The next milestone will be to look outside of the public sector to harness the potential of a much wider network. Proctor & Gamble’s success with the Connect and Develop programme offers us a glimpse of the possibilities. As BusinessWeek described it, P&G’s method was to “Embrace the collective brains of the world. Make it a goal that 50% of the company’s new products come from outside P&G’s labs. Tap networks of inventors, scientists, and suppliers for new products that can be developed in-house.”5

This approach stands in stark contrast to the present, where the Government is used to being in the driver seat and providing all the answers. In the world of Britannica, our Government can afford to be the dominant supplier of information and services; but in the new world of Wikipedia, citizens are not satisfied with just being consumers—they can and want to participate and have a say. It is essential that the Government look for ways to actively involve the private sector and individuals in creating and delivering new public services.

This concept of a government leveraging on a wider network to develop new ideas well beyond its in-house capabilities has been put to good use elsewhere. The United States Defense Advanced Research Project Agency (DARPA) regularly engages the defence industry network. DARPA explains the challenges they face in specific technological areas to interested organisations who then embark on their own research and development projects—the fruits of the research are incorporated into the US military where suitable.

In the long term, we envision a government that, instead of being the sole provider of public services, sets and referees the rules in an ecosystem which allows new participants, whether private sector or individuals, to freely innovate and create value-added services on top of or even superseding existing public services. Government services and data will be made available, where possible, in a new way so that businesses and individuals can re-use them to develop innovative “mash-ups”. This cross-sectoral network of “public-private governance” will be empowered to deploy new value-added services to the public, generate ideas on how to solve complex issues and implement creative solutions.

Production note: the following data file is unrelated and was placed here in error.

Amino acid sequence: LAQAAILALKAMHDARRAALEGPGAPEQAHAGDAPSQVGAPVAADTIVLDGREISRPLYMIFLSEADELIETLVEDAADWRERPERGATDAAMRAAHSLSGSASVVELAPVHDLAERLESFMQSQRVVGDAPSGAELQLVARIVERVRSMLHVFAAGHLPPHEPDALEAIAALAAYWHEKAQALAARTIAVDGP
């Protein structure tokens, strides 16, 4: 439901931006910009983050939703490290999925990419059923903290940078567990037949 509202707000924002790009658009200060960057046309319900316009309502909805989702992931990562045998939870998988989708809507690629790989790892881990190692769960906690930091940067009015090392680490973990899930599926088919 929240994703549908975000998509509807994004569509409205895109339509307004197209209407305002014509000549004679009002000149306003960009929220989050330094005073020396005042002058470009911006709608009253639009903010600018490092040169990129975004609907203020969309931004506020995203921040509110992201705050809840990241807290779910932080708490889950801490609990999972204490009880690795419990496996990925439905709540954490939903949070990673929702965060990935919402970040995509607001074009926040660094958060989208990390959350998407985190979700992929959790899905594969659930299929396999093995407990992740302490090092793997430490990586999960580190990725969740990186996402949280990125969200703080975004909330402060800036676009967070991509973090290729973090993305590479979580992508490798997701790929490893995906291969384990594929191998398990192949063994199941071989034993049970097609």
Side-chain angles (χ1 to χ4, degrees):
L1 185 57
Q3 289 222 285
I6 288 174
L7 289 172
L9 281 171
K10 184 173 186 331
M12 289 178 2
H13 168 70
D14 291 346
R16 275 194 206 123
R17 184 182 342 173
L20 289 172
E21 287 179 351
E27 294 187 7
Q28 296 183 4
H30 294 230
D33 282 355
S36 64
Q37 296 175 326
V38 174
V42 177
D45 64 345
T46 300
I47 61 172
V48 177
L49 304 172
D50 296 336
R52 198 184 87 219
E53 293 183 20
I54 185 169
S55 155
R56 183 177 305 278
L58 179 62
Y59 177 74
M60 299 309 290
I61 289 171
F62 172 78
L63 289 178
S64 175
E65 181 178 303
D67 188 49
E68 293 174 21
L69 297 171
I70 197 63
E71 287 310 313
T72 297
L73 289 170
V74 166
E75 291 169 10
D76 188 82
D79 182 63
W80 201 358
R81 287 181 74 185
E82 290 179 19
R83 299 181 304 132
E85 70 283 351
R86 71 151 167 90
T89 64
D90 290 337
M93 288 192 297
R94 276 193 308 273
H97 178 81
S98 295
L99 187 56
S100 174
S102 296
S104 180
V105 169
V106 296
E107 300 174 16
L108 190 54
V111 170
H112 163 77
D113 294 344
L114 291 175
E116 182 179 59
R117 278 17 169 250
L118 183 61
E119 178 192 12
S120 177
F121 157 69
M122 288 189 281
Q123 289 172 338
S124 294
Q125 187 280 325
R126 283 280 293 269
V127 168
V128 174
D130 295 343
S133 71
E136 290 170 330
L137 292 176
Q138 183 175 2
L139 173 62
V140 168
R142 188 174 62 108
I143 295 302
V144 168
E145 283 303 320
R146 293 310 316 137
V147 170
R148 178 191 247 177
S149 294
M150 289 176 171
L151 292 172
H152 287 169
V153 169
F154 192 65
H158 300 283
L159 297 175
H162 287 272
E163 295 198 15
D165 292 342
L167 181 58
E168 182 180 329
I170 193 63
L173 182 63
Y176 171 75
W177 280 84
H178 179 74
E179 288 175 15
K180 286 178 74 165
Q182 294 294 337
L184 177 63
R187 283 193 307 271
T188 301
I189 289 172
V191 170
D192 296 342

How successful we are at leveraging networks will depend on how well we can encourage spontaneous and unplanned “partnerships” to proliferate, and nurture a culture that can tap on it.

However, this path is not without its challenges. We will need to grapple with issues that include information security, accountability and privacy. How do we prevent unauthorised access and usage? How do we ensure that businesses and individuals use government systems and data responsibly? And how do we balance all these against issues such as privacy and economic viability? These are complex issues that will pose immense challenges. However, the potential rewards are so great that we cannot afford to ignore the possibilities.


As we shift towards a new paradigm of leveraging networks, there are new questions that need to be asked: How can we create these networks? How can we leverage them to deliver maximum value to our constituents? How successful we are at leveraging networks will depend on how well we can encourage spontaneous and unplanned “partnerships” to proliferate, and nurture a culture that can tap on it. It is both chaotic—in the sense it is unpredictable and spontaneous—yet orderly, in that it is self-organising and constructive. That is the beauty behind leveraging networks.

For this paradigm shift to succeed, the public sector needs to recognise the remarkable potential behind the ability to harness the collective knowledge and expertise of various players in a network, both internally within the public sector, and externally in the private sector and the people we are serving. However, driving change towards this new wave is much more difficult than in earlier waves of public service change, as it requires a shift in fundamental government culture and values: from “mandate” to “collaborate”, from “my turf, my responsibility” to “let’s work together”, and from “service delivery” to “value creation”. With clear commitment and a persistent call for change, this new era of public service can happen, with benefits and opportunities for all.


Intern Nicholas Mai and Associates Tang Tee Sing and Yeo Yaw Shin are with the Managing for Excellence (MFE) Directorate in the Ministry of Finance, Singapore. The MFE Directorate seeks to bring about an integrated Government that strives for high performance and advances new possibilities.


  1. Don Tapscott and Anthony D. Williams, Wikinomics: How Mass Collaboration Changes Everything, 2006
  2. Wikipedia: Size of Wikipedia, Wikipedia:Size_of_Wikipedia
  3. Talbot, David, “A Technology Surges”, Technology Review, March/April 2008,
  4. While leveraging networks call for partnerships, it is fundamentally different from the cross-agency initiatives and public-private partnerships that we are familiar with. Instead of bringing a few nodes in the network together, it is about tapping on the collective resources of all the nodes in the network. It is about constructing a business model that allows unplanned but effective partnerships to take place spontaneously across the network.
  5. “The World’s Most Innovative Companies”, BusinessWeek, 24 April 2006,